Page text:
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  • HeartofDixieHeartofDixie 309 replies11 threads Member
    Yes, I don't foresee any issues getting his father to cooperate with the financial information requirements. We filed bankruptcy in 2015 while we were still together and he is now on disability(though he is trying to get another teaching job), so not a lot of income and no real assets. Total income for me, his disability, and the checks which the kids draw, is going to be under $40,000 per year. If he can get into a full need school then he should receive significant aid, but most of those schools are long shots.

    He applied for Questbridge last year and I am going to encourage him to try again this year. His class is very competitive and always has been but his ACT is one of the higher scores, so I'm wondering if they just aren't being prepared well compared to schools in other places.
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  • CenterCenter 2204 replies66 threads Senior Member
    Your son's ACT is very low and somewhat undermines his excellent GPA. Has he considered trying the SAT? The SAT might be a better test for him as it is a little bit of a slower test. Given that finances are a concern I suggest he create a (free) account on KhanAcademy.org. It is a wonderful site--everything is free. Create a study plan leading up to the next feasible test date. Take a practice test and then the system will start adjusting to his areas of weakness. He should study every single day--the system allows to customize a study plan with as little as 20 minute increments. Even 20 minutes a day really adds up. Getting his scores up whether ACT or SAT might enable some merit aid to come his way as well.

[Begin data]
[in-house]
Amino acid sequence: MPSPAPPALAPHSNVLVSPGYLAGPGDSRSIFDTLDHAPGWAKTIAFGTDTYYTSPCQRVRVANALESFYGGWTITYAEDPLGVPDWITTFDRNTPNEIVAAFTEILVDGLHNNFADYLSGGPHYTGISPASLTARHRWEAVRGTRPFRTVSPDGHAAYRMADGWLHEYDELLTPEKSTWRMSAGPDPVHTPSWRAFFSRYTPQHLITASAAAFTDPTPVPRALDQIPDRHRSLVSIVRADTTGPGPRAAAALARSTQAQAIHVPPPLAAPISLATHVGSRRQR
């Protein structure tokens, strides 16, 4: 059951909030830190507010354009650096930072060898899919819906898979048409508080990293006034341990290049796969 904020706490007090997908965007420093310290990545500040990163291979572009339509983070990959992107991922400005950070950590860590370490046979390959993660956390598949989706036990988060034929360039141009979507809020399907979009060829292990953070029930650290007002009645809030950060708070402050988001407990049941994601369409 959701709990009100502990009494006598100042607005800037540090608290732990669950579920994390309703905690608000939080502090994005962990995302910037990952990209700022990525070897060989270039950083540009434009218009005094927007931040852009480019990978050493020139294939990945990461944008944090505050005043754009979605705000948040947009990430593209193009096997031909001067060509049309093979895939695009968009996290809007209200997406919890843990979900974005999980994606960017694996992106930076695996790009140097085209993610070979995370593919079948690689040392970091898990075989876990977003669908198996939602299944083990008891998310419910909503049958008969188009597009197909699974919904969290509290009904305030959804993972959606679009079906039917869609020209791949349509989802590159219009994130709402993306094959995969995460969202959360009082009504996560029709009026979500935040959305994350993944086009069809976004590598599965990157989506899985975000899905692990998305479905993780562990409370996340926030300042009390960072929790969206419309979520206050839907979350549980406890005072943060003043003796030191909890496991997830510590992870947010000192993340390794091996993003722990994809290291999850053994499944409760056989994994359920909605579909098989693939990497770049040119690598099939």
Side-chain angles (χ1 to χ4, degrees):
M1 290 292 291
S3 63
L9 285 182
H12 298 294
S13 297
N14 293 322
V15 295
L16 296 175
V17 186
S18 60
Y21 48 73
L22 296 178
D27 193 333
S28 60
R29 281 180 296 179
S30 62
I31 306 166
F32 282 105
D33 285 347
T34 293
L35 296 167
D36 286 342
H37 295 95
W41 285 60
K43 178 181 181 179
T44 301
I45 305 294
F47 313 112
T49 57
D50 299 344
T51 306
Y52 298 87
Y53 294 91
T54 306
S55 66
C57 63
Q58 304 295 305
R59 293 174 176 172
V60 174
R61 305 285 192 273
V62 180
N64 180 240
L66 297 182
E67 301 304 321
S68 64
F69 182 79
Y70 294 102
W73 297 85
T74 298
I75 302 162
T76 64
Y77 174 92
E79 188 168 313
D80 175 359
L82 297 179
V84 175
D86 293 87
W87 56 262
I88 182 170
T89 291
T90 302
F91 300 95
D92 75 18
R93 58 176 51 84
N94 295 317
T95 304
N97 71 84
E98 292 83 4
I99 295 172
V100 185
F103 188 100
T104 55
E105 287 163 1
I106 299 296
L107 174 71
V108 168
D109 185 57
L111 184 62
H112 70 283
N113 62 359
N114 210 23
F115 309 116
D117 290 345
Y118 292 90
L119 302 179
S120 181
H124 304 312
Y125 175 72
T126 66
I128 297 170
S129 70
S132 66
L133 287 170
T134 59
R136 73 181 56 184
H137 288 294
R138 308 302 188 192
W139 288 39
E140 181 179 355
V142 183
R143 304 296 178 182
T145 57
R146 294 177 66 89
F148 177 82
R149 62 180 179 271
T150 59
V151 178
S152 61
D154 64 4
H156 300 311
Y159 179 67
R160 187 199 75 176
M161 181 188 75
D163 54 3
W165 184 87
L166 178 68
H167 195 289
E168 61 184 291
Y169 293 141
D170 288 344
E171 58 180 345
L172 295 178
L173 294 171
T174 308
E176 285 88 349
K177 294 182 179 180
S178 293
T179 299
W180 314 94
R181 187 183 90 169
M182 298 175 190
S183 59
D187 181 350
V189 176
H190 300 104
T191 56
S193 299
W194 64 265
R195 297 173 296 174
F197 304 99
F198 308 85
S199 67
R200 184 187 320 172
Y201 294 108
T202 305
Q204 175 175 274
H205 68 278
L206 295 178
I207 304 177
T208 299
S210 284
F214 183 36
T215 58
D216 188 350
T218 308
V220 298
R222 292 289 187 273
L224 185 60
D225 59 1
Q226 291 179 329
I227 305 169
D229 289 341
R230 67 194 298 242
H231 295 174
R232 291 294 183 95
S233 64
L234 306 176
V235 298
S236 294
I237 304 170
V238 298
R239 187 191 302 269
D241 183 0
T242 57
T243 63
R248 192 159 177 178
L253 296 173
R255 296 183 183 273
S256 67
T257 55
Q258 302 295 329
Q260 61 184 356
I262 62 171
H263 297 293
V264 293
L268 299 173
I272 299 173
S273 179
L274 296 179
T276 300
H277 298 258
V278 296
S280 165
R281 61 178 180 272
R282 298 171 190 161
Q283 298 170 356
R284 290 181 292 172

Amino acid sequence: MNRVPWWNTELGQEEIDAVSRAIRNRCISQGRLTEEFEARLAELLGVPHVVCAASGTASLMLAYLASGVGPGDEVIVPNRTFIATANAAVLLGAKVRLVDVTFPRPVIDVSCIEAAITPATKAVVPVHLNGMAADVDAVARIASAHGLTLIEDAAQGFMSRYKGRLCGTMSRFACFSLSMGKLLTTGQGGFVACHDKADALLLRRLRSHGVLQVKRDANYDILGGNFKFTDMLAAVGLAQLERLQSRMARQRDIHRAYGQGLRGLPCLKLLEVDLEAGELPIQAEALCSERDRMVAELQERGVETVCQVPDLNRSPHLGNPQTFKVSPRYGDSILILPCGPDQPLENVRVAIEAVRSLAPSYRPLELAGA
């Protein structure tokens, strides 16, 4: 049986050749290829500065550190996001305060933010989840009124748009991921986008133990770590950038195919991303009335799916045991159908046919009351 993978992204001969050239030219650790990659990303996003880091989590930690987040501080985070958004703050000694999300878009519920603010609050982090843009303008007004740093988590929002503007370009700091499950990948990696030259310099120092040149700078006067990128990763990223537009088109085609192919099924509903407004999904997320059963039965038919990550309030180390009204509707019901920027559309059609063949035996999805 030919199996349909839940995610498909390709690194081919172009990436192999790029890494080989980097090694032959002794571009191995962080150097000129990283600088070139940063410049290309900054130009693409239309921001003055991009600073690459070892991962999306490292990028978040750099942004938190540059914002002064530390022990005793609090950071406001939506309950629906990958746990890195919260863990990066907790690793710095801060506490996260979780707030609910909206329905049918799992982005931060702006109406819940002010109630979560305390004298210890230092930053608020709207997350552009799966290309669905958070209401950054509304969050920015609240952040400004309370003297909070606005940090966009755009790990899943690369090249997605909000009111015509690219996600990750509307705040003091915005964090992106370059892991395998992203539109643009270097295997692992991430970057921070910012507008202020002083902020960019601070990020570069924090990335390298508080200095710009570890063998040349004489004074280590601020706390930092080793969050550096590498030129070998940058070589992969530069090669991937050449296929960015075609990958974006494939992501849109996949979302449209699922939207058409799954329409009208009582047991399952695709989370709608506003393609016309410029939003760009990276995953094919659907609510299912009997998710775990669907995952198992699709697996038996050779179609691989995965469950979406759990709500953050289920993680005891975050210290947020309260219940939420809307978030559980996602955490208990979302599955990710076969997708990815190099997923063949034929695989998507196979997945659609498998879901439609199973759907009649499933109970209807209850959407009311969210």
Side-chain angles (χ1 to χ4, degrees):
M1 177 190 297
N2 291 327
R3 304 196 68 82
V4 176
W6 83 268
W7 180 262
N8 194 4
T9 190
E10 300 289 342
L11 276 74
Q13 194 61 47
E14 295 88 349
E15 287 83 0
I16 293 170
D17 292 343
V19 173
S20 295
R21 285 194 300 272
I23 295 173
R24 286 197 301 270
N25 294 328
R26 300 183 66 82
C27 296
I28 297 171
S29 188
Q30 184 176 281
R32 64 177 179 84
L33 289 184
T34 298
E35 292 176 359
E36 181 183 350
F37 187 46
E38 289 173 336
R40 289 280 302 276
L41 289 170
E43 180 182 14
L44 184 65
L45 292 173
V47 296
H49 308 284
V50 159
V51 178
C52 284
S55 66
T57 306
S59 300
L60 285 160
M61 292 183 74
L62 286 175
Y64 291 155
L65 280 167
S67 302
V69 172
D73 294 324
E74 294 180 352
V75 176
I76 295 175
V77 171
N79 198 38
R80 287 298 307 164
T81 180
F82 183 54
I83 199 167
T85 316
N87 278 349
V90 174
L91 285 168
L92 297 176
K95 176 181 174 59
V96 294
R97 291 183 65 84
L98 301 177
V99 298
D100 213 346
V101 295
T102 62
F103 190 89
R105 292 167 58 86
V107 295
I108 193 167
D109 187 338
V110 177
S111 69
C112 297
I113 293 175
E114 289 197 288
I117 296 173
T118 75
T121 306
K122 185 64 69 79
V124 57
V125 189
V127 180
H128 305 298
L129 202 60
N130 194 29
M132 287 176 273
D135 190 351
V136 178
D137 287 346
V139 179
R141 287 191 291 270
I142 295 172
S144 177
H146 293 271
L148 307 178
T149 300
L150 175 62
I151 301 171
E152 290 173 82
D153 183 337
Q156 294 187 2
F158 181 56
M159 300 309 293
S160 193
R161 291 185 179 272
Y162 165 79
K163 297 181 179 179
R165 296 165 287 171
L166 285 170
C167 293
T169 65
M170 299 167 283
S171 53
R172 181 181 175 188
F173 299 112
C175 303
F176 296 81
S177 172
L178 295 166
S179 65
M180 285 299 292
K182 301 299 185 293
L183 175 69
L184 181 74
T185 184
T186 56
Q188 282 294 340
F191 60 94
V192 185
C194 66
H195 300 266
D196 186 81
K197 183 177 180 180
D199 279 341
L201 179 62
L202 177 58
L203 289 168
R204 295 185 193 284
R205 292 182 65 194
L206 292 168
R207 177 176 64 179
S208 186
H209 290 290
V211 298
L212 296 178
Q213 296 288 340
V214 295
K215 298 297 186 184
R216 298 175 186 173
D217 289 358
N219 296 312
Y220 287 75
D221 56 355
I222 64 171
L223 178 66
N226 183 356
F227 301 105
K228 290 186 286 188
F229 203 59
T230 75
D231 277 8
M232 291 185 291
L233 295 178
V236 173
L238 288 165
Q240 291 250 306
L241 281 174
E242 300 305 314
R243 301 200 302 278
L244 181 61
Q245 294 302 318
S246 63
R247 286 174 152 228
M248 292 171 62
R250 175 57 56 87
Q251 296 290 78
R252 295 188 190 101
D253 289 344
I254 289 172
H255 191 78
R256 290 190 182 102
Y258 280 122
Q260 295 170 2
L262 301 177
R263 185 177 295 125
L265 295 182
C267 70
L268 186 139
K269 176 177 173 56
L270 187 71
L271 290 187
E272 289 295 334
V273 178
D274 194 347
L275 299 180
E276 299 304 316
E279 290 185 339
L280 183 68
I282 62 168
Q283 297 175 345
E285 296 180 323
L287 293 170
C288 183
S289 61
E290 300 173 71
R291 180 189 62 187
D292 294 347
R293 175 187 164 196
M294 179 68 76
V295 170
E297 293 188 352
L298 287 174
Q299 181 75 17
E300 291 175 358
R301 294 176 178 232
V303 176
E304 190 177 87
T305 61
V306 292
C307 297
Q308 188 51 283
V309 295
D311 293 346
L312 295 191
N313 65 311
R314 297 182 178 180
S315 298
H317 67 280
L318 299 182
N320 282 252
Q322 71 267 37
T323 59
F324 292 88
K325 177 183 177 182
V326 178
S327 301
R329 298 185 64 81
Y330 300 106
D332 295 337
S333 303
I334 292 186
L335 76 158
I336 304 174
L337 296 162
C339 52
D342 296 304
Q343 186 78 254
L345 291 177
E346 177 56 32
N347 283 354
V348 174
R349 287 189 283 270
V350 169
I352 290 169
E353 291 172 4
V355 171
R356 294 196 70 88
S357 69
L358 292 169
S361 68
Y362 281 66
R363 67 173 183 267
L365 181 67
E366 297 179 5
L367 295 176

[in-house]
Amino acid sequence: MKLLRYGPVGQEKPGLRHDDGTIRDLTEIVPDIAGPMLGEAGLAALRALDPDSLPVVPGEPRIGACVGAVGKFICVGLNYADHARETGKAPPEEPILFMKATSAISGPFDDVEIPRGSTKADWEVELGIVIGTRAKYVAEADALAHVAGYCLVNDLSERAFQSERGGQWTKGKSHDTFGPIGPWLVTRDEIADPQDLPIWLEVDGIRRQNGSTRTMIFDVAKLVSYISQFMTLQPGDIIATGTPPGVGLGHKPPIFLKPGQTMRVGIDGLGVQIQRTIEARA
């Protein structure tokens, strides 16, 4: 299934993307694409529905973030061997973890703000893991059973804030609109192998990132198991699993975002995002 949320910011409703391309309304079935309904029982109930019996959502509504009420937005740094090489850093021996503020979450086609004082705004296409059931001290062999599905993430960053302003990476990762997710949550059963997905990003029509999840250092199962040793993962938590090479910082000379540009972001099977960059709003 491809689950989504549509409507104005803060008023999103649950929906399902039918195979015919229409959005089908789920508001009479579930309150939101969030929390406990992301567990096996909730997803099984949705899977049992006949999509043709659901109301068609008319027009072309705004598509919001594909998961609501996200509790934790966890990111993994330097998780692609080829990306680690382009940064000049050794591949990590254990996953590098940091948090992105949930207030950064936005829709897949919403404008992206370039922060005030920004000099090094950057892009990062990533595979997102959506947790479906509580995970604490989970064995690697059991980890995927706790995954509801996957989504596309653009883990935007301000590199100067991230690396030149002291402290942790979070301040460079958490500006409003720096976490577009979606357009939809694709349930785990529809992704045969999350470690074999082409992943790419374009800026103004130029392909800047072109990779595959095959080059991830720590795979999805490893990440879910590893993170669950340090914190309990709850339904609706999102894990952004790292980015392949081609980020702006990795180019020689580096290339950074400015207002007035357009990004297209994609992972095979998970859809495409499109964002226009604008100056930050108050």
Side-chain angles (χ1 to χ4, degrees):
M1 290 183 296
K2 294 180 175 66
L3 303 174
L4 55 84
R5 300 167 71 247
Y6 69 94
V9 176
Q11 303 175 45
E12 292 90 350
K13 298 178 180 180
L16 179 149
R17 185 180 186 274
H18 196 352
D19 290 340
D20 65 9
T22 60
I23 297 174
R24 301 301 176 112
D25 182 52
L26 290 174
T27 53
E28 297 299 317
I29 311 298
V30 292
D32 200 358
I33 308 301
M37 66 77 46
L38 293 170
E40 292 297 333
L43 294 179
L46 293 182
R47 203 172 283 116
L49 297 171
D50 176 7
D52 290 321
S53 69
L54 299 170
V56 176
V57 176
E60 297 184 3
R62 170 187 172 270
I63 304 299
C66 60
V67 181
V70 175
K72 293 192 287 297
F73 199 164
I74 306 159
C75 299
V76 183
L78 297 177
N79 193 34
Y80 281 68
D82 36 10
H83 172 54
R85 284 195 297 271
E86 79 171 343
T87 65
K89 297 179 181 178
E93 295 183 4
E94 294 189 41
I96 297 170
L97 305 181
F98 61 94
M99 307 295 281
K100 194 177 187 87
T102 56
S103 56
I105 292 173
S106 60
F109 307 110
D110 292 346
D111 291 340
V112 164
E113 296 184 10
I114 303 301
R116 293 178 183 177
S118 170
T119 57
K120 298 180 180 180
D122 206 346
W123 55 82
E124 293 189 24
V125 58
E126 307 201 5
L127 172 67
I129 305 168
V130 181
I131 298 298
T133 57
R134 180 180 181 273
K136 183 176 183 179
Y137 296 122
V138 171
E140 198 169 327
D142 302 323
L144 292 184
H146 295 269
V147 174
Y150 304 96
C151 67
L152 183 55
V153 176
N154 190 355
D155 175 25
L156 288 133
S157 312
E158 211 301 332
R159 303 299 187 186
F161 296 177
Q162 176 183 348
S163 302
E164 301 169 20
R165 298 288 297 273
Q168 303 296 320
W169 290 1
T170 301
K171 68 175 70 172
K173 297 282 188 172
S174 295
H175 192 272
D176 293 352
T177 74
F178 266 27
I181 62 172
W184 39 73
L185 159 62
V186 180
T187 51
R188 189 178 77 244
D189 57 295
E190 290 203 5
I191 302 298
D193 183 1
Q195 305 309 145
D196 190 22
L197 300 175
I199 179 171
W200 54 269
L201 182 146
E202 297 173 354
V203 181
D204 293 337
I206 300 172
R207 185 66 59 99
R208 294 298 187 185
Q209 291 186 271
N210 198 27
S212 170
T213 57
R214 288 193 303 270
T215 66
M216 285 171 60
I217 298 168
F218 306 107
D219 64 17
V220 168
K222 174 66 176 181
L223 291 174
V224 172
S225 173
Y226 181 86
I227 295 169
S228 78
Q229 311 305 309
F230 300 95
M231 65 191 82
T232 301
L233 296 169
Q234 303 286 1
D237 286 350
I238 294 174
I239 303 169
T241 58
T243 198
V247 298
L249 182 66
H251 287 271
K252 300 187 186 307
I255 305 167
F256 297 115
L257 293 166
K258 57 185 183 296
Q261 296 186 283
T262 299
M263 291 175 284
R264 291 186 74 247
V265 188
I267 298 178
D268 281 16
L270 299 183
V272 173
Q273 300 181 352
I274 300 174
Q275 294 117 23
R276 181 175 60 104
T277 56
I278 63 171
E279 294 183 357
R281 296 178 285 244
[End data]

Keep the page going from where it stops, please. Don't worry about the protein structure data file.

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  • HeartofDixieHeartofDixie 309 replies11 threads Member
    Yes, I recently got an SAT fee waiver from his guidance counselor and plan to register him for the next test date which is September I think, but registration wasn't yet open last time I checked. I had discovered Khan Academy, though he hasn't been home enough when I'm home to get him to take a look at it. I didn't realize that you could create a study plan or that it would adjust to his areas of weakness, that sounds great and I will definitely see if I can get him started on that. I might can sell him on 20 minutes per day, that doesn't sound so intimidating and should be very doable.
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  • aquaptaquapt 2438 replies51 threads Senior Member
    edited July 2018
    Sorry you're in such a tight spot.

    Since he got different subscores each time on the ACT, what is his "superscore" (sum of the best scores he's gotten on each section)? Some colleges superscore and others do not.

    Here are some schools to look at:
    Union College in NY - has engineering, meets full need, and is test-optional https://www.union.edu/admissions/apply/test-policy/
    Trinity College in CT - has engineering, meets full need, and superscores
    Lafayette College in PA - has engineering, meets full need, superscores
    Bucknell U in PA - has engineering, meets 91% of need on average, superscores
    Lehigh U in PA - has engineering, meets 97% of need on average, superscores
    Syracuse University in NY - has engineering, meets 93% of need on average, superscores
    University of Miami in FL - has engineering and nursing, meets 89% of need on average, superscores
    Tulane in New Orleans - has engineering, meets 96% of need on average, superscores